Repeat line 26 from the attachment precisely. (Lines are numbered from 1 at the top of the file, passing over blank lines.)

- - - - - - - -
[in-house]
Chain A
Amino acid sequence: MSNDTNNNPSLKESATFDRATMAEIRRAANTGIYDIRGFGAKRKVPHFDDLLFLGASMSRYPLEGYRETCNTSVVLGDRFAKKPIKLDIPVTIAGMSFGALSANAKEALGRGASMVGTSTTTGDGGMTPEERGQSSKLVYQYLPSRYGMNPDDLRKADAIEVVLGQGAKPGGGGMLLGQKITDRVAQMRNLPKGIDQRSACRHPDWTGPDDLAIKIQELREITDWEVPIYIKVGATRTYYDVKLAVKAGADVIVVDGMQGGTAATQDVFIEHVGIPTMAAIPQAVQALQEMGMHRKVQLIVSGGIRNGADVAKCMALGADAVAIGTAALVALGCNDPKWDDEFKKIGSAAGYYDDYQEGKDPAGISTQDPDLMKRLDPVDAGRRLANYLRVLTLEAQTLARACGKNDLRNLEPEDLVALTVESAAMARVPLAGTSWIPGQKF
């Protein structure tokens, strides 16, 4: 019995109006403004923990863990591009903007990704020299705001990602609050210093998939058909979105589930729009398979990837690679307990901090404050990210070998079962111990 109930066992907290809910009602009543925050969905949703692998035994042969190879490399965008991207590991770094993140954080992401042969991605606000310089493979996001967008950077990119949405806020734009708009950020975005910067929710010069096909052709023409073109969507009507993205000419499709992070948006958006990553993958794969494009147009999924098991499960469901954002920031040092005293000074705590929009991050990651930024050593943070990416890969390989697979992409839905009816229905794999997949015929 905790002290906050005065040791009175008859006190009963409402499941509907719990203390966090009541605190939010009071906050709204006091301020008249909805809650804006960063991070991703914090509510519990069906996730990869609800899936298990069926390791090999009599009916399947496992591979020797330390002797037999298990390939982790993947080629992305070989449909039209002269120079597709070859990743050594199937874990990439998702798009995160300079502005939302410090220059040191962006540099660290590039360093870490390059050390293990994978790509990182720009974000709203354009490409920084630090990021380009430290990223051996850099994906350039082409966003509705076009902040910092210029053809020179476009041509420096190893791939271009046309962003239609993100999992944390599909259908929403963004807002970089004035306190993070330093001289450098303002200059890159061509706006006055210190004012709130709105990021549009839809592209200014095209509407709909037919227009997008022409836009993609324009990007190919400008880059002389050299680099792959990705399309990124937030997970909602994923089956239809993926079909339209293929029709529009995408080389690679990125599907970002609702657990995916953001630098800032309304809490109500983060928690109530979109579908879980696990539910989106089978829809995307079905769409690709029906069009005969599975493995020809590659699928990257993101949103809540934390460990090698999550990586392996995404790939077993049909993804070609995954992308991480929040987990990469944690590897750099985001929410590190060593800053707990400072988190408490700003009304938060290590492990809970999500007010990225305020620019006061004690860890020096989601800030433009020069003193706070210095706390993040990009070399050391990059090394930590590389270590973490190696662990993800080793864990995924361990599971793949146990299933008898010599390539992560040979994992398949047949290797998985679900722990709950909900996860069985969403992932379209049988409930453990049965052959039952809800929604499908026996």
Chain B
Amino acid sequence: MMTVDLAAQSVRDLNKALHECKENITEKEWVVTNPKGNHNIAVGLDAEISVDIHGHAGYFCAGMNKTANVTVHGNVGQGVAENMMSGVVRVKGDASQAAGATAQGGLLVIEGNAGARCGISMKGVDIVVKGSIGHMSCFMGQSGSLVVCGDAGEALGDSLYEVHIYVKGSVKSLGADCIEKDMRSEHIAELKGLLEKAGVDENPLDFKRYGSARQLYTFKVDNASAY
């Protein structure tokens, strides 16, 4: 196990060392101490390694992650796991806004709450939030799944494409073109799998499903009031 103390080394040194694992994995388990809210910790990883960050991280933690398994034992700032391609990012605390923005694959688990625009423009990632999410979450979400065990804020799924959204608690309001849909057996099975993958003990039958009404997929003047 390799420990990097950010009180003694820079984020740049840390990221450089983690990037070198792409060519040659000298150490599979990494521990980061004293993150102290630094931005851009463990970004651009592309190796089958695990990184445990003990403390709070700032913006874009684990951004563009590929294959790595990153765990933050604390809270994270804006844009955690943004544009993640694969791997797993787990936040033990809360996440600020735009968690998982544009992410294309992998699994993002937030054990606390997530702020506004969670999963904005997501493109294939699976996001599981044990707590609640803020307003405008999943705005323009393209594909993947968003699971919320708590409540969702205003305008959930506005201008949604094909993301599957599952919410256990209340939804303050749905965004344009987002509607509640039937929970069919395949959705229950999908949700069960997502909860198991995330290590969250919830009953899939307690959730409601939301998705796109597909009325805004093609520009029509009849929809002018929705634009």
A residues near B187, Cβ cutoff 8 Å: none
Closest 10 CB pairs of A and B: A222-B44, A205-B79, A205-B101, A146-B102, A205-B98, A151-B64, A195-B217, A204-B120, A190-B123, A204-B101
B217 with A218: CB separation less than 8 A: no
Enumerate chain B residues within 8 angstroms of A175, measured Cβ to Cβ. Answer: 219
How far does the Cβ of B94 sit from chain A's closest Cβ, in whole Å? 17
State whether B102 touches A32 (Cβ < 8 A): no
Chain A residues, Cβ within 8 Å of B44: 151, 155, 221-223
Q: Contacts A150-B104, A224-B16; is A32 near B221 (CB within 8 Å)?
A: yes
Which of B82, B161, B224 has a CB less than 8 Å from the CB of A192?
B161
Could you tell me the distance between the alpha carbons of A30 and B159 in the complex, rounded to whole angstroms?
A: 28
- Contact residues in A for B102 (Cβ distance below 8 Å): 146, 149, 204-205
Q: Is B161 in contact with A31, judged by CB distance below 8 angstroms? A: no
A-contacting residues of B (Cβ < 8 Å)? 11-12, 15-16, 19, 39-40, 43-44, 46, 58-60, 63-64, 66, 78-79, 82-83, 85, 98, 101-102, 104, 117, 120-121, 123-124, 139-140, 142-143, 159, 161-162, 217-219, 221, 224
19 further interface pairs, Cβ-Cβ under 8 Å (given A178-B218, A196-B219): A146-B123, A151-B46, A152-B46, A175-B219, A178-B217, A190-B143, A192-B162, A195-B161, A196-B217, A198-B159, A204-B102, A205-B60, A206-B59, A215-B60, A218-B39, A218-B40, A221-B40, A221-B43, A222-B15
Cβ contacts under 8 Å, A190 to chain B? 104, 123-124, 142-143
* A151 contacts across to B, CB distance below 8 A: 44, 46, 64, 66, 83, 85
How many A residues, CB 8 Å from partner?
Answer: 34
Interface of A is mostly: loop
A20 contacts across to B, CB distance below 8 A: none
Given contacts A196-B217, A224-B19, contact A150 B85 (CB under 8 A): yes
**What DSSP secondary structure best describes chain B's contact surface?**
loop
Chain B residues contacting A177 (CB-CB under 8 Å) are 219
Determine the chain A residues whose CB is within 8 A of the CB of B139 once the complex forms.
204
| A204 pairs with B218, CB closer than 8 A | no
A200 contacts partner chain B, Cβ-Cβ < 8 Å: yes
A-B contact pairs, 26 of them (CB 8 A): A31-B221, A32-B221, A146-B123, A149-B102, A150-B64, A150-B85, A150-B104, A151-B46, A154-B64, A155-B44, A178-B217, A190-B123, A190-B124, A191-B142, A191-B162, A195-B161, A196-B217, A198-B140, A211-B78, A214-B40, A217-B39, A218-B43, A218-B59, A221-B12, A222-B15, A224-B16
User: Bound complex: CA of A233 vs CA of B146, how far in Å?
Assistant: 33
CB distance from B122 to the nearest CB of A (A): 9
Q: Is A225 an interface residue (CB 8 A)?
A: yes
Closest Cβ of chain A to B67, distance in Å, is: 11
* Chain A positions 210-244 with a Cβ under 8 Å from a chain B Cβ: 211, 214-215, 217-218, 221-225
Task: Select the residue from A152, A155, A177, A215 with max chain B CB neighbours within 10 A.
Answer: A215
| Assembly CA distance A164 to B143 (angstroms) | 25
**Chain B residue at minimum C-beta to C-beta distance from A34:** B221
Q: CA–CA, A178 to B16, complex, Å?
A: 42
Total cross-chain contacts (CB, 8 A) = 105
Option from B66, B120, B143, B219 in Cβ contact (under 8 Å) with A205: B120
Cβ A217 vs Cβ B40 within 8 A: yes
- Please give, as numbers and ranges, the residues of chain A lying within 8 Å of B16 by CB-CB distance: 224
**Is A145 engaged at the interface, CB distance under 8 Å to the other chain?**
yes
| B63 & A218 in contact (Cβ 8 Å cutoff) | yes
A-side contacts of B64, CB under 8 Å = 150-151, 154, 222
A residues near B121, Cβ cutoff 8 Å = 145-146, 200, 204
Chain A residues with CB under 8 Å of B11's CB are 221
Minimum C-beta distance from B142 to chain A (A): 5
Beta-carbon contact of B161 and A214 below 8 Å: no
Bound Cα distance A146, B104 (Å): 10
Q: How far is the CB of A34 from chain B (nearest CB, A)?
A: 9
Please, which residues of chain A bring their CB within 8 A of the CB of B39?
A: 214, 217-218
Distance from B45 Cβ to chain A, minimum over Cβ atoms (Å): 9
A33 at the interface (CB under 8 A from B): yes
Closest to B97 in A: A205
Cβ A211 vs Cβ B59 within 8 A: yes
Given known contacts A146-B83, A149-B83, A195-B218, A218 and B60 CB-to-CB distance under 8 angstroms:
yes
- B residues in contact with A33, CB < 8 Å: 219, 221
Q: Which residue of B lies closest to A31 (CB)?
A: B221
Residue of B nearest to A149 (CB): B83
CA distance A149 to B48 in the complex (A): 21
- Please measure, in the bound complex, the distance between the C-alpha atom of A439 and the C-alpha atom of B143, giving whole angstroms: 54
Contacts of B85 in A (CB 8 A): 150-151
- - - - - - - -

* A151 contacts across to B, CB distance below 8 A: 44, 46, 64, 66, 83, 85